Wildlife crossings are structures that allow animals to cross human-made barriers safely. Wildlife crossings are a practice in habitat conservation, allowing connections or reconnections between habitats, combating habitat fragmentation. They also assist in avoiding collisions between vehicles and animals, which in addition to killing or injuring wildlife may cause injury to humans and property damage.

Habitat fragmentation occurs when human-made barriers such as roads, railroads, canals, electric power lines, and pipelines penetrate and divide wildlife habitat . Of these, roads have the most widespread and detrimental impacts . Scientists estimate that the system of roads in the United States impacts the ecology of at least one-fifth of the land area of the country . For many years ecologists and conservationists have documented the adverse relationship between roads and wildlife. There are four identified ways that roads and traffic detrimentally impact wildlife populations: (1) they decrease habitat amount and quality, (2) they increase mortality due to wildlife-vehicle collisions (road kill), (3) they prevent access to resources on the other side of the road, and (4) they subdivide wildlife populations into smaller and more vulnerable sub-populations (fragmentation). Habitat fragmentation can lead to extinction or extirpation if a population’s gene pool is restricted enough.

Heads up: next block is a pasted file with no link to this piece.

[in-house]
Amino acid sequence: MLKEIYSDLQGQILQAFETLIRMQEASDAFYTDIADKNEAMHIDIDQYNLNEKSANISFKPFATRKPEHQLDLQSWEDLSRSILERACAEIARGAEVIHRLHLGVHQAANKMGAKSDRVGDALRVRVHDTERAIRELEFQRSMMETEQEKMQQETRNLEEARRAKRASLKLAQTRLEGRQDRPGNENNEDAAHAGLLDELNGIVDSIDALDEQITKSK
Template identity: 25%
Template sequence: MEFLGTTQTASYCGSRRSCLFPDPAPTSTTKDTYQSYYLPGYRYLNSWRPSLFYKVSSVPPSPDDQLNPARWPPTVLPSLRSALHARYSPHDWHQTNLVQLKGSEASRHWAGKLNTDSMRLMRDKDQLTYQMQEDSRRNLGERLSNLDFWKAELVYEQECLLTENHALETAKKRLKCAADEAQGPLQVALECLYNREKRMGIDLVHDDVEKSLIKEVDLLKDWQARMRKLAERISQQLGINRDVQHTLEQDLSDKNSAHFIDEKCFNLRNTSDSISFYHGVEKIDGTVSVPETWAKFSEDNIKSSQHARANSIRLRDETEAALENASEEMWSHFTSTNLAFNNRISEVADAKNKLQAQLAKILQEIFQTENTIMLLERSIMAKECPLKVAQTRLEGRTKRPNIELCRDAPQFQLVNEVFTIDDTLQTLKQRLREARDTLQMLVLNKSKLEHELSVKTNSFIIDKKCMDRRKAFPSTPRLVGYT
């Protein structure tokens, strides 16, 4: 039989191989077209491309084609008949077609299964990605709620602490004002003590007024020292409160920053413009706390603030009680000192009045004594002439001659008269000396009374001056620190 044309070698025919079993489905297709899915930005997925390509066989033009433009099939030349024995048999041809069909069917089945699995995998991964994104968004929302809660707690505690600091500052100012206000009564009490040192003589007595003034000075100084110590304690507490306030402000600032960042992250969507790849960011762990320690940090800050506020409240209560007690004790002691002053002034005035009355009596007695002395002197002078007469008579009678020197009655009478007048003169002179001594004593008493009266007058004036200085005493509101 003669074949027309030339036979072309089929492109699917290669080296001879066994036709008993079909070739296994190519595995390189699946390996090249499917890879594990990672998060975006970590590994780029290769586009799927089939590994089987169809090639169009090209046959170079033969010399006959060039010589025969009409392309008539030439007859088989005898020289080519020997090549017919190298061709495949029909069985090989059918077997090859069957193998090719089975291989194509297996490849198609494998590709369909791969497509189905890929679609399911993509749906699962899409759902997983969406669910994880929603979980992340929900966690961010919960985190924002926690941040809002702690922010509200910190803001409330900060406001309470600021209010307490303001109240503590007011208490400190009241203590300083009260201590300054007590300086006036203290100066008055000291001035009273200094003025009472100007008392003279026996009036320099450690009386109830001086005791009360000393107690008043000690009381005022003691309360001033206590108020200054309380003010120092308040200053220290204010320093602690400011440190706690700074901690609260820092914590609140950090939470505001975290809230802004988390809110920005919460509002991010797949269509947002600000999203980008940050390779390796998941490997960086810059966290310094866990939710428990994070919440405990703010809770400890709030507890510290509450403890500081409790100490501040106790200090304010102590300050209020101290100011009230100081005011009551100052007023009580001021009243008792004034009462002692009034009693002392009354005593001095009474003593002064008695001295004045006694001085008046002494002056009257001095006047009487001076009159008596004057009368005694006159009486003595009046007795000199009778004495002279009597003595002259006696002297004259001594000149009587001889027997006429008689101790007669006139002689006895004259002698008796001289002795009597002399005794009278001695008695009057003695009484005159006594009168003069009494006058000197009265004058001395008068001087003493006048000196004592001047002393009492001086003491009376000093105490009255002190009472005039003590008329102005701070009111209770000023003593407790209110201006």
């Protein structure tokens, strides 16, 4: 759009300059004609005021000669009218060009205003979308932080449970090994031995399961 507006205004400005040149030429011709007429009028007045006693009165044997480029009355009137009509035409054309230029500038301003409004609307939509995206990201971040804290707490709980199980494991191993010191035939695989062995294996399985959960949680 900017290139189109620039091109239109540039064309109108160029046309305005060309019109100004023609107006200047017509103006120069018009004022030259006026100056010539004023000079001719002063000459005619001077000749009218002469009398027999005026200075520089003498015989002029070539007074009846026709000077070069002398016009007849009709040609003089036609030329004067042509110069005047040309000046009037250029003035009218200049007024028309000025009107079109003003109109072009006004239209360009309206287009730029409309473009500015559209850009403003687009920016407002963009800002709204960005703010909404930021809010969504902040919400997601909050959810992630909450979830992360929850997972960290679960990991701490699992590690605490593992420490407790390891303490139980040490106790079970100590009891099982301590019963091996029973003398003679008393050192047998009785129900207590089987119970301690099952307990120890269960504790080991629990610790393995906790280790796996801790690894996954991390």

The benefits derived from constructing wildlife crossings to extend wildlife migration corridors over and under major roads appear to outweigh the costs of construction and maintenance. One study estimates that adding wildlife crossings to a road project is a 7-8% increase in the total cost of the project. Theoretically, the monetary costs associated with constructing and maintaining wildlife crossings in ecologically important areas are trumped by the benefits associated with protecting wildlife populations, reducing property damage to vehicles, and saving the lives of drivers and passengers by reducing the number of collisions caused by wildlife.